An FDA Committee today will consider softening the nation's ban on gay men giving blood. But is it enough?
Since 1977 the nation has banned gay men from donating blood, despite the fact that lifting the ban could "help save the lives of more than 1.8 million people," according to a Williams Institute study.
Last month, the FDA took the first step in removingÂ â€“ or at least, modifyingÂ â€“ the ban, whenÂ the Health and Human Services Advisory Committee on Blood & Tissue Safety & Availability voted to drop the ban for any man who have not had sex with another man in at least a year.Â
Today, a committee will meet again to consider that proposal.
The American Red Cross, the American Association of Blood Banks, and Americaâ€™s Blood Centers, in a joint statement last month agreed the recommendation is "consistent" with their position.
"AÂ studyÂ by the Williams Institute at UCLA School of Law found that if gay men were allowed to donate blood like other members of the public, 360,600 men would come forward to give blood, adding an extra 615,300 pints of blood available for infusions every year. But those numbers drop dramatically under the one-year abstinence requirement, slipping to 185,800 new donors and just 317,000 pints of blood," Mother Jones reports today.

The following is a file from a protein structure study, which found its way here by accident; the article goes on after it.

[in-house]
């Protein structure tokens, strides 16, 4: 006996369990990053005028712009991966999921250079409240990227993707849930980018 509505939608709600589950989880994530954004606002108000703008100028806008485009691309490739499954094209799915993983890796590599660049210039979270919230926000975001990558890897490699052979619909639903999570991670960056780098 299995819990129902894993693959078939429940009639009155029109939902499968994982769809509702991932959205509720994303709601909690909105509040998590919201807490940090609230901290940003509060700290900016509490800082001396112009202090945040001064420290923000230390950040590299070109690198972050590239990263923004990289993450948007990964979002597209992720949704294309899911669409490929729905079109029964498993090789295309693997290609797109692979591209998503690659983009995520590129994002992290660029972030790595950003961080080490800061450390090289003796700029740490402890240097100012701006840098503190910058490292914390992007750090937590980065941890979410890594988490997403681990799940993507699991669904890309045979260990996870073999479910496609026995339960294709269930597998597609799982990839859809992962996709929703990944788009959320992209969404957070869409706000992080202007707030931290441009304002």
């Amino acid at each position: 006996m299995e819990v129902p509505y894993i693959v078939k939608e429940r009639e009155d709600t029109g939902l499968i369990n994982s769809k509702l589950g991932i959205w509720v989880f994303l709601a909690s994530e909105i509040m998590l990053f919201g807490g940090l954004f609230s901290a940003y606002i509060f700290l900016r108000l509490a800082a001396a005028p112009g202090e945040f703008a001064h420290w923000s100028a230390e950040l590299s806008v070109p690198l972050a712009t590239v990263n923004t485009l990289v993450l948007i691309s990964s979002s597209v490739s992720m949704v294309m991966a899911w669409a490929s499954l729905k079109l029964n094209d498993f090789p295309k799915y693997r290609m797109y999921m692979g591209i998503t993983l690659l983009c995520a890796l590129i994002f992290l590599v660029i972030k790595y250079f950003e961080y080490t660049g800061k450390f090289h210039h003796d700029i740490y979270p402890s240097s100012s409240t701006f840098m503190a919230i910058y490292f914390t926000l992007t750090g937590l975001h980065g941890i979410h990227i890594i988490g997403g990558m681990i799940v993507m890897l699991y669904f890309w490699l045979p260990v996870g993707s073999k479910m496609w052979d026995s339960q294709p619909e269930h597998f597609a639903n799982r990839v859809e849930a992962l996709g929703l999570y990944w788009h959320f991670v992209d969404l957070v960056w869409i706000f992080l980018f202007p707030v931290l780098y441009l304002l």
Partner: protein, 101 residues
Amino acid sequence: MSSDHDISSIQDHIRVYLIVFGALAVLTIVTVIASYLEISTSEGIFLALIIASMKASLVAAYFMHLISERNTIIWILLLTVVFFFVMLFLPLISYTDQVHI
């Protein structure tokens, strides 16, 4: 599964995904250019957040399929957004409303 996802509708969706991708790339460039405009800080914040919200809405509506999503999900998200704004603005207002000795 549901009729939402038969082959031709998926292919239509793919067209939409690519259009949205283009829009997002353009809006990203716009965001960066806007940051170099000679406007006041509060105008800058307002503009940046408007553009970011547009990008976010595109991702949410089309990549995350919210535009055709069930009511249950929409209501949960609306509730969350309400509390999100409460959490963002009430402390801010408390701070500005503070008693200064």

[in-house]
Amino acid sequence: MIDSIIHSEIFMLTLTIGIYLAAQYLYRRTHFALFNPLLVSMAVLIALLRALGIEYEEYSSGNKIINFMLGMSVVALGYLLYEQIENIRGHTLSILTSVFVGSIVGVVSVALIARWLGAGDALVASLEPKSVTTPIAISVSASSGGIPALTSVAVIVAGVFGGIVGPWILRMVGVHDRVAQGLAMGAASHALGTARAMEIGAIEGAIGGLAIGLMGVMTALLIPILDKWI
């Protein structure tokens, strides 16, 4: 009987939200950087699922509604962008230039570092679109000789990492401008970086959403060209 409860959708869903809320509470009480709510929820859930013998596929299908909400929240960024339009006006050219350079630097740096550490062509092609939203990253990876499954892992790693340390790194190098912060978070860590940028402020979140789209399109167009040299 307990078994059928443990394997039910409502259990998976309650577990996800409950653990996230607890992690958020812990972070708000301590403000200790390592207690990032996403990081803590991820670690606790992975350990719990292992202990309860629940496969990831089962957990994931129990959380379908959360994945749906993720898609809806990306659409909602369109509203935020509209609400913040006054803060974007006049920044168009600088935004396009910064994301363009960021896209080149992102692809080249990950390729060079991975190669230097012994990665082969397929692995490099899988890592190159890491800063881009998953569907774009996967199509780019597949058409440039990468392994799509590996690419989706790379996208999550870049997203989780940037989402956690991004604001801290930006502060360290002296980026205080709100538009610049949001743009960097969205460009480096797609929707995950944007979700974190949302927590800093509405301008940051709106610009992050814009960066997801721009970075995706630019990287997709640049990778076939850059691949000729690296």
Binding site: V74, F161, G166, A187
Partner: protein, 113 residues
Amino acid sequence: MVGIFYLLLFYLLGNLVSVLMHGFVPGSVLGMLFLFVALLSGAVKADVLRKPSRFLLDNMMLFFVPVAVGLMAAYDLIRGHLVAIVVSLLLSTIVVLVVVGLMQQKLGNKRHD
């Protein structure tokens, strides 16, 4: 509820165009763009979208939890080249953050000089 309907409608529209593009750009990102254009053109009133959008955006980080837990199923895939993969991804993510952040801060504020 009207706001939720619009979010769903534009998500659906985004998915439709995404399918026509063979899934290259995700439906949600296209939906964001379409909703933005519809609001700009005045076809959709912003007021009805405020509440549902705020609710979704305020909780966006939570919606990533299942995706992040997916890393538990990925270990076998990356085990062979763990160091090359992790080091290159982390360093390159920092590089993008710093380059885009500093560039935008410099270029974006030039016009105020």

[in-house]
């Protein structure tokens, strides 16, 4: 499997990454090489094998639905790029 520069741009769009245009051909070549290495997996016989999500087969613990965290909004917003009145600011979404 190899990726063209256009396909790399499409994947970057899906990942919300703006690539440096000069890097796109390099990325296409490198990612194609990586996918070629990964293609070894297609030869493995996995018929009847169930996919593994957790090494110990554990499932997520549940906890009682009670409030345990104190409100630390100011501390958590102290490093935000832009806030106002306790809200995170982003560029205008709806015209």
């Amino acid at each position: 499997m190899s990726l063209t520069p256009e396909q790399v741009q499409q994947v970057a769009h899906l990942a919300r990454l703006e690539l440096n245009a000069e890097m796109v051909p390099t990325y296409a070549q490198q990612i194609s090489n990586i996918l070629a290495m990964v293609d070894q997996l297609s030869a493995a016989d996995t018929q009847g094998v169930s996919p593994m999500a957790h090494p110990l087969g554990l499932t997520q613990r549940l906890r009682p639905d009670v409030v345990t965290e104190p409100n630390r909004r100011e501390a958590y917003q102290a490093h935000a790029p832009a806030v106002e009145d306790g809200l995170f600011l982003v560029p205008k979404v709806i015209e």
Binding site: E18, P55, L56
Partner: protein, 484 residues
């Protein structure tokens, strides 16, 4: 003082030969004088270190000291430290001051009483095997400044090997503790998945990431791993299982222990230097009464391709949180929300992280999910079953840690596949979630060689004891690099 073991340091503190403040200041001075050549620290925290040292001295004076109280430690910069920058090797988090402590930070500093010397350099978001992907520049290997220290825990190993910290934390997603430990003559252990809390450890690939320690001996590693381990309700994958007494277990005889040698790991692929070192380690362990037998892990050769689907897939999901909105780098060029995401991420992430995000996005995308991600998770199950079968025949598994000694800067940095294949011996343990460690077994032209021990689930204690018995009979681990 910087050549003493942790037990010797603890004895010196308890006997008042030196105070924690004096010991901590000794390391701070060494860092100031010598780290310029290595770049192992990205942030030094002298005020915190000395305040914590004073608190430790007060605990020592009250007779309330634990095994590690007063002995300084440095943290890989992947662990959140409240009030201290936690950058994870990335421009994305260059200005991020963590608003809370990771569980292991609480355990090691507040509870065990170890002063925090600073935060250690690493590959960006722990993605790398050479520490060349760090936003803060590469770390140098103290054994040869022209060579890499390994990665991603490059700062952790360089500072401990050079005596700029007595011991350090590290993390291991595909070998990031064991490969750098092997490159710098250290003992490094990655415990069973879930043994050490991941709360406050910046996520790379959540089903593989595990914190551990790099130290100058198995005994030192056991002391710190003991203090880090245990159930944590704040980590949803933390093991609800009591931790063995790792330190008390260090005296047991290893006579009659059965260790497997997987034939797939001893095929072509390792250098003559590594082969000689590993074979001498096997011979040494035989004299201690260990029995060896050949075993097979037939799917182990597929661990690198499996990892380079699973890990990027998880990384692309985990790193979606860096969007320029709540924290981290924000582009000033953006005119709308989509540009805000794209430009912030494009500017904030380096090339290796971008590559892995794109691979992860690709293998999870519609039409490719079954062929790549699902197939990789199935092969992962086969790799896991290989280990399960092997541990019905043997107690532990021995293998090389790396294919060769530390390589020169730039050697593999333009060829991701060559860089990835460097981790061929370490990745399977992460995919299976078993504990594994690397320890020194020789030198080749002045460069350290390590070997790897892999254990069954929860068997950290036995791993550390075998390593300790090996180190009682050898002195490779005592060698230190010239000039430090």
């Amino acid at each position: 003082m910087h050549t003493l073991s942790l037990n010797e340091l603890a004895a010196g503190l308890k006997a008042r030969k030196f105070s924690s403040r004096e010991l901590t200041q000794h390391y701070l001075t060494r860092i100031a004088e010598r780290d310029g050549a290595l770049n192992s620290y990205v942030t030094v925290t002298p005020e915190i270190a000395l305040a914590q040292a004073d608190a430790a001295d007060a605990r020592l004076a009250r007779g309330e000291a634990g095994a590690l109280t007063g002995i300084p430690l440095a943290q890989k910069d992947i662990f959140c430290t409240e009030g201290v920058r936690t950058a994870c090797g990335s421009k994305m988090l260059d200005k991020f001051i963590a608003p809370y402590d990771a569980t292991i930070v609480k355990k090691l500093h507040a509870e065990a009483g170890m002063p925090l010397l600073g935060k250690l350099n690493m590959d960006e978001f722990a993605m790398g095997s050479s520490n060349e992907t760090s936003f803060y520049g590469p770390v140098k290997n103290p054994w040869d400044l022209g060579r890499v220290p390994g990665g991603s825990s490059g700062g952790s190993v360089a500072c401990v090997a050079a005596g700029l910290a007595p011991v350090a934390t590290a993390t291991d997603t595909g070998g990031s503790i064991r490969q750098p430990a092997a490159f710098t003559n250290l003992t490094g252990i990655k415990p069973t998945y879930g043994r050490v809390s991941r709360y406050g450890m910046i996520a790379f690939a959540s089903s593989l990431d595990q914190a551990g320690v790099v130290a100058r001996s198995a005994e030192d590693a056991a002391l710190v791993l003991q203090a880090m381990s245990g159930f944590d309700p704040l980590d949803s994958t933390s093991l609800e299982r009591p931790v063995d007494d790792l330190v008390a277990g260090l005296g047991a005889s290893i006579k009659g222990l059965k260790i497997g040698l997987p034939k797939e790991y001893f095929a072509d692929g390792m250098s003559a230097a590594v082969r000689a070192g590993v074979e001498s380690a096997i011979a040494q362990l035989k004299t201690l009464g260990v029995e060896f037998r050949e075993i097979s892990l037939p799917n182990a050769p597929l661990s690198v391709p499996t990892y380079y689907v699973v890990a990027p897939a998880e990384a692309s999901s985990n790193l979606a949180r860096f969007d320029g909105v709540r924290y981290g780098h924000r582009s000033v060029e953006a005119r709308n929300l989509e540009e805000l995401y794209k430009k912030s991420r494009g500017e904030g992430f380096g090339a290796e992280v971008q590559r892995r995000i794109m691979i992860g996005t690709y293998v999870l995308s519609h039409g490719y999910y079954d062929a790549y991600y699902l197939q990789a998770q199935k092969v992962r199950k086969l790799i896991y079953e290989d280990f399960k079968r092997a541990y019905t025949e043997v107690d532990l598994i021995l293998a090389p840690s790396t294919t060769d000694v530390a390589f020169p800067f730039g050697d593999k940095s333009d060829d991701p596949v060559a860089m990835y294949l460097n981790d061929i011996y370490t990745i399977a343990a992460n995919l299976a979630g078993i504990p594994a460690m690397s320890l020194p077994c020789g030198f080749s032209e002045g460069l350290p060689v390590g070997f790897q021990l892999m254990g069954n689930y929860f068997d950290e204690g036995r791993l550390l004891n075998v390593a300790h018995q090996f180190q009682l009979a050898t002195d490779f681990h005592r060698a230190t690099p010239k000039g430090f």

"The policies that are in place, the lifetime ban, perpetuates negative stereotypes and stigma," says Ryan James Yezak, founder of theÂ National Gay Blood Drive. "It assumes that all gay and bisexual men are likely to have HIV and therefore must be blanket banned. And that's just not necessary in this day and age when they have the testing and other countries have moved to deferral time period."
ButÂ Yezak, MJ suggests, is willing to support this move as a good first step.
The anti-gay right disagrees.
"First of all, HIV rates and sexually transmitted diseases are rising among homosexual-practicing men," LaBarbera told AFA's One News Now. "So why would we be talking about softening the blood ban at a time when [STDs] are on the rise among men who have sex with men?"
But the ACLU notes the "proposed one-year deferral will prevent two men who maintain a committed, monogamous relationship from ever donating blood. This proposed policy does not distinguish between high risk and safer sex practices... Criteria for being a blood donor should be based on science, not discriminatory stereotypes and assumptions.â€
Or anti-gay fear-mongering.
Image viaÂ Wikimedia